A giant prehistoric reptile that patrolled the waters off Scotland 170 million years ago has been identified by scientists, they said Monday. The creatures, which resembled a menacing dolphin and grew up to 14 foot (four metres) long, were identified by fossils from the Isle of Skye in northwest Scotland.
A team led by Edinburgh University scientists have named the new species Dearcmhara shawcrossi in honour of Brian Shawcross, an amateur fossil collector who gathered many of the fossils in 1959. These were later donated to a museum, allowing scientists to study them and identify the new species.
“During the time of dinosaurs, the waters of Scotland were prowled by big reptiles the size of motor boats,” said Steve Brusatte of Edinburgh University’s School of GeoSciences. “Their fossils are very rare and only now, for the first time, we’ve found a new species that was uniquely Scottish.”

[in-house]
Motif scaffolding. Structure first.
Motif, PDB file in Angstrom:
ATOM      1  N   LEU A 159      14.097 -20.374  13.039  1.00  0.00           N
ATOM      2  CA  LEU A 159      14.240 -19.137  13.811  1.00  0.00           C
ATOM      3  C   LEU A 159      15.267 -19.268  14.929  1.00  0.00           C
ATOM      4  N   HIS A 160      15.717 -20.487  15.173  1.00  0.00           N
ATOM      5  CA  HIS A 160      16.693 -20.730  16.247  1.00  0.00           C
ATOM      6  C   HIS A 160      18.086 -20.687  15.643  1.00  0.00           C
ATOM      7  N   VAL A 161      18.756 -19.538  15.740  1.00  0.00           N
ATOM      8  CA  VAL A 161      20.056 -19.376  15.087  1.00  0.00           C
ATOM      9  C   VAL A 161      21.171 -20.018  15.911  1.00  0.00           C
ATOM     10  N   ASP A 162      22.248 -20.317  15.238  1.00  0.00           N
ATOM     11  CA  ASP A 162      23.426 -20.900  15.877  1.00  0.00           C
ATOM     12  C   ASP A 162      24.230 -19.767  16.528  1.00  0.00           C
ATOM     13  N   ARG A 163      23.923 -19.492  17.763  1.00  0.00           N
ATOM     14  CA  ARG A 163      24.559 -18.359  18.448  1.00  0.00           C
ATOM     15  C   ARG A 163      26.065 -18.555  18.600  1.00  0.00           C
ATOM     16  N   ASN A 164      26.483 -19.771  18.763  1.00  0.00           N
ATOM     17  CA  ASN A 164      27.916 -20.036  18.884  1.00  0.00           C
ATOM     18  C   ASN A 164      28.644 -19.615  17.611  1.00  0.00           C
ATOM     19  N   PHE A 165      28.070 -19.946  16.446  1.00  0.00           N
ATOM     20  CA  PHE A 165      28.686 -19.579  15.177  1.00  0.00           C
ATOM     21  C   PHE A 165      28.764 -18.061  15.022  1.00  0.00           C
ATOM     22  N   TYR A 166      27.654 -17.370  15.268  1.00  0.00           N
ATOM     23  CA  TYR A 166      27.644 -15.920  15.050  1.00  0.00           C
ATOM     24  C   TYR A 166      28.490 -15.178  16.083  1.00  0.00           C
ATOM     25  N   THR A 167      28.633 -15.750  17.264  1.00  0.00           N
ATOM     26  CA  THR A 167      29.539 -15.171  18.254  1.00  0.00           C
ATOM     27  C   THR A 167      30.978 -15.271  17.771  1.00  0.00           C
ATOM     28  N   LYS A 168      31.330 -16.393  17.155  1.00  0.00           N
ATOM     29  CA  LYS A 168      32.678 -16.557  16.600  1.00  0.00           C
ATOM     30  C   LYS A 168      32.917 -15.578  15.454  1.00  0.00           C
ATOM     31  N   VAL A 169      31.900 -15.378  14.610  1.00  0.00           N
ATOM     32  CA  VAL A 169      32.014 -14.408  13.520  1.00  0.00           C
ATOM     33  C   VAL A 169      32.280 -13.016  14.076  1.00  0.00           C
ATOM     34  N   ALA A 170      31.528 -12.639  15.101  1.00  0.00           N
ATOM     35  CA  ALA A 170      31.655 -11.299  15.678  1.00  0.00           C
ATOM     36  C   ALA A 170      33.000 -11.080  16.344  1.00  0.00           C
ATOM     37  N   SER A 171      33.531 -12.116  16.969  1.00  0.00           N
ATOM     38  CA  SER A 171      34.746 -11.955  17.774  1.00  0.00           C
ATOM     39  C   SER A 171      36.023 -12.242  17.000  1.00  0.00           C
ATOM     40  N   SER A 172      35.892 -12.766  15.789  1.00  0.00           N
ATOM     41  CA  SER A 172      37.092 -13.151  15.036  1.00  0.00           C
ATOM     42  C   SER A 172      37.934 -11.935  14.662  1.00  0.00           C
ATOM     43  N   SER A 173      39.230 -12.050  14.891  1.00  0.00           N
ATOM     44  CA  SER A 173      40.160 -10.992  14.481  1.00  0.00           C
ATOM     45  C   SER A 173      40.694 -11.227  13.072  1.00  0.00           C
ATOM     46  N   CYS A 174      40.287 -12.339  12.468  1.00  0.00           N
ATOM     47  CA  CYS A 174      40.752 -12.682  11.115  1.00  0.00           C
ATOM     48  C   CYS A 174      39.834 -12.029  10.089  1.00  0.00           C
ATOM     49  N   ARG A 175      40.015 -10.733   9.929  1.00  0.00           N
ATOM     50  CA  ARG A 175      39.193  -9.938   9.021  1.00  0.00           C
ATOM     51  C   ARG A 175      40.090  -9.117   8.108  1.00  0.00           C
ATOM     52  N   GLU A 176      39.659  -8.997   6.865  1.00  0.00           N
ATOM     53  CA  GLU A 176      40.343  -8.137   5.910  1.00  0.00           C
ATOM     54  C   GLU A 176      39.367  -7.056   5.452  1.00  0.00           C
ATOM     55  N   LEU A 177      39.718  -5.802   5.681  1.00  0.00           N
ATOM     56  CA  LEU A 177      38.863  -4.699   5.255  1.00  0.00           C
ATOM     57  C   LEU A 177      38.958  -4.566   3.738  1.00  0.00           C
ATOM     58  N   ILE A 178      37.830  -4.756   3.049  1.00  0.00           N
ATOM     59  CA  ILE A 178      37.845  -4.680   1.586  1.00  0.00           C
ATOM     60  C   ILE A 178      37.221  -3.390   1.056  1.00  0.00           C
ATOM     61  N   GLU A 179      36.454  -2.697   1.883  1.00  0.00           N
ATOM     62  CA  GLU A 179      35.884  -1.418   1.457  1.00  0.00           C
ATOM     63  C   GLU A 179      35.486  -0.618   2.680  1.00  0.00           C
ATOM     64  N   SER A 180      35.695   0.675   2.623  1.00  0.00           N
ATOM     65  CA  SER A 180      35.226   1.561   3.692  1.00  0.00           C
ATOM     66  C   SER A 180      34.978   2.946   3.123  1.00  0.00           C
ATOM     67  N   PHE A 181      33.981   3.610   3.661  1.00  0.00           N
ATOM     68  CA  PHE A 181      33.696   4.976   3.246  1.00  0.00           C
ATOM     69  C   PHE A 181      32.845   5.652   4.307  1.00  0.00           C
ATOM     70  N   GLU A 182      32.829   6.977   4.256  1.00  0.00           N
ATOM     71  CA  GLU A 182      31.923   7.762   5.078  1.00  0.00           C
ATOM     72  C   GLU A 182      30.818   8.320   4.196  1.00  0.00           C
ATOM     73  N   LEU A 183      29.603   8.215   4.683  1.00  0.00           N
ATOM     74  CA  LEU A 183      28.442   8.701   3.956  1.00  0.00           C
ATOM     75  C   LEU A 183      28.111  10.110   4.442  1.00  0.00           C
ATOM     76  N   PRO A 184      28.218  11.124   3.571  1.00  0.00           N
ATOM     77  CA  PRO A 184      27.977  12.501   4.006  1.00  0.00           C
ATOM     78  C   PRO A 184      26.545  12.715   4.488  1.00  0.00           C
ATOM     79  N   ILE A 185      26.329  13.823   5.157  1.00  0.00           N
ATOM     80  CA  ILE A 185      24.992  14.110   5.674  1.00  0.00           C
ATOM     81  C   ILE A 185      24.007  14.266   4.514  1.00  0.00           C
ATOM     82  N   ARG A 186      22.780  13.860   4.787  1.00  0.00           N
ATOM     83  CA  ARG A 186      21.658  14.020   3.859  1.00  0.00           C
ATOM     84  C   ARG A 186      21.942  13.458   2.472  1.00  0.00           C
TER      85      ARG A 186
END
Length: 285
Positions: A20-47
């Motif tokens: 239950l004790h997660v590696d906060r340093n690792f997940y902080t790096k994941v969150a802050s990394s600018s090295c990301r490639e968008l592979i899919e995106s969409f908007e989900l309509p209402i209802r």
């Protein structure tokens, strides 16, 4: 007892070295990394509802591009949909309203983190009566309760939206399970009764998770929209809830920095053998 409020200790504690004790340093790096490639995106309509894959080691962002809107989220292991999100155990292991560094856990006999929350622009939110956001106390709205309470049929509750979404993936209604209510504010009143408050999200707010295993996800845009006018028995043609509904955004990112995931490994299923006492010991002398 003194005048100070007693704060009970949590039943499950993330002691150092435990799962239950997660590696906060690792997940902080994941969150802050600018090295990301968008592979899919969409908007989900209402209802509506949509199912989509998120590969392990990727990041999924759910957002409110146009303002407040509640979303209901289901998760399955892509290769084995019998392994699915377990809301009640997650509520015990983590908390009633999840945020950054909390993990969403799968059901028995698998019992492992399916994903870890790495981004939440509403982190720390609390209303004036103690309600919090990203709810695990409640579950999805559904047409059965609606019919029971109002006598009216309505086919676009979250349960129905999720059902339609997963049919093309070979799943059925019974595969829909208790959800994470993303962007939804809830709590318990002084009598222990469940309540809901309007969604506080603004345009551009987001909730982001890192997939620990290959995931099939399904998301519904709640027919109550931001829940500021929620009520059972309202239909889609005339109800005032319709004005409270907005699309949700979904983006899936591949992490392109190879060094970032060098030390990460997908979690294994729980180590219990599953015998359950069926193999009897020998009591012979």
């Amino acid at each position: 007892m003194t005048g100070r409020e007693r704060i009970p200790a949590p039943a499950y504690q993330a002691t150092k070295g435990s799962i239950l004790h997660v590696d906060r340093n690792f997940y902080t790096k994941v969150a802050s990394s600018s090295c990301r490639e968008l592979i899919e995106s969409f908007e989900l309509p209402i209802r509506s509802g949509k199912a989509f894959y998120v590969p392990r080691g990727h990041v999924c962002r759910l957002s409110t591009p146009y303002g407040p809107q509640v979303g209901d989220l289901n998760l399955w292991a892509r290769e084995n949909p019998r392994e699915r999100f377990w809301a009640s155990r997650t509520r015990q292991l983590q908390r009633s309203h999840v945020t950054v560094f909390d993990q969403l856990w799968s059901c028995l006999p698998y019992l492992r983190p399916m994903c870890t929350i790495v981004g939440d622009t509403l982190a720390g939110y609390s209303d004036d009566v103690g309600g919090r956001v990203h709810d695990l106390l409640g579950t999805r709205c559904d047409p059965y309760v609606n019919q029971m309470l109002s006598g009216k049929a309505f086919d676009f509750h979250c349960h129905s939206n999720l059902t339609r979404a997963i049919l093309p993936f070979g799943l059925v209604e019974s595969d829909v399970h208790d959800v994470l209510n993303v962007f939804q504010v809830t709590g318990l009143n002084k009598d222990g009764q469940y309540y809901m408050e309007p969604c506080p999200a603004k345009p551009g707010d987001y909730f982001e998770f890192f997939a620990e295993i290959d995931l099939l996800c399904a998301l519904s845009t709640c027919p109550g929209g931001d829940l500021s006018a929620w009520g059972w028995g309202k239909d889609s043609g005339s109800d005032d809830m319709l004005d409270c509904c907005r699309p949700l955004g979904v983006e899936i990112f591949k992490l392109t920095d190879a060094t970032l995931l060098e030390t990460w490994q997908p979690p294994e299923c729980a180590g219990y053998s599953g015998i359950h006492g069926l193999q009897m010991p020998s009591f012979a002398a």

Scotland’s most famous reptile, real or imaginary, is the Loch Ness monster, the myth of which draws thousands of visitors a year to Loch Ness in northern Scotland.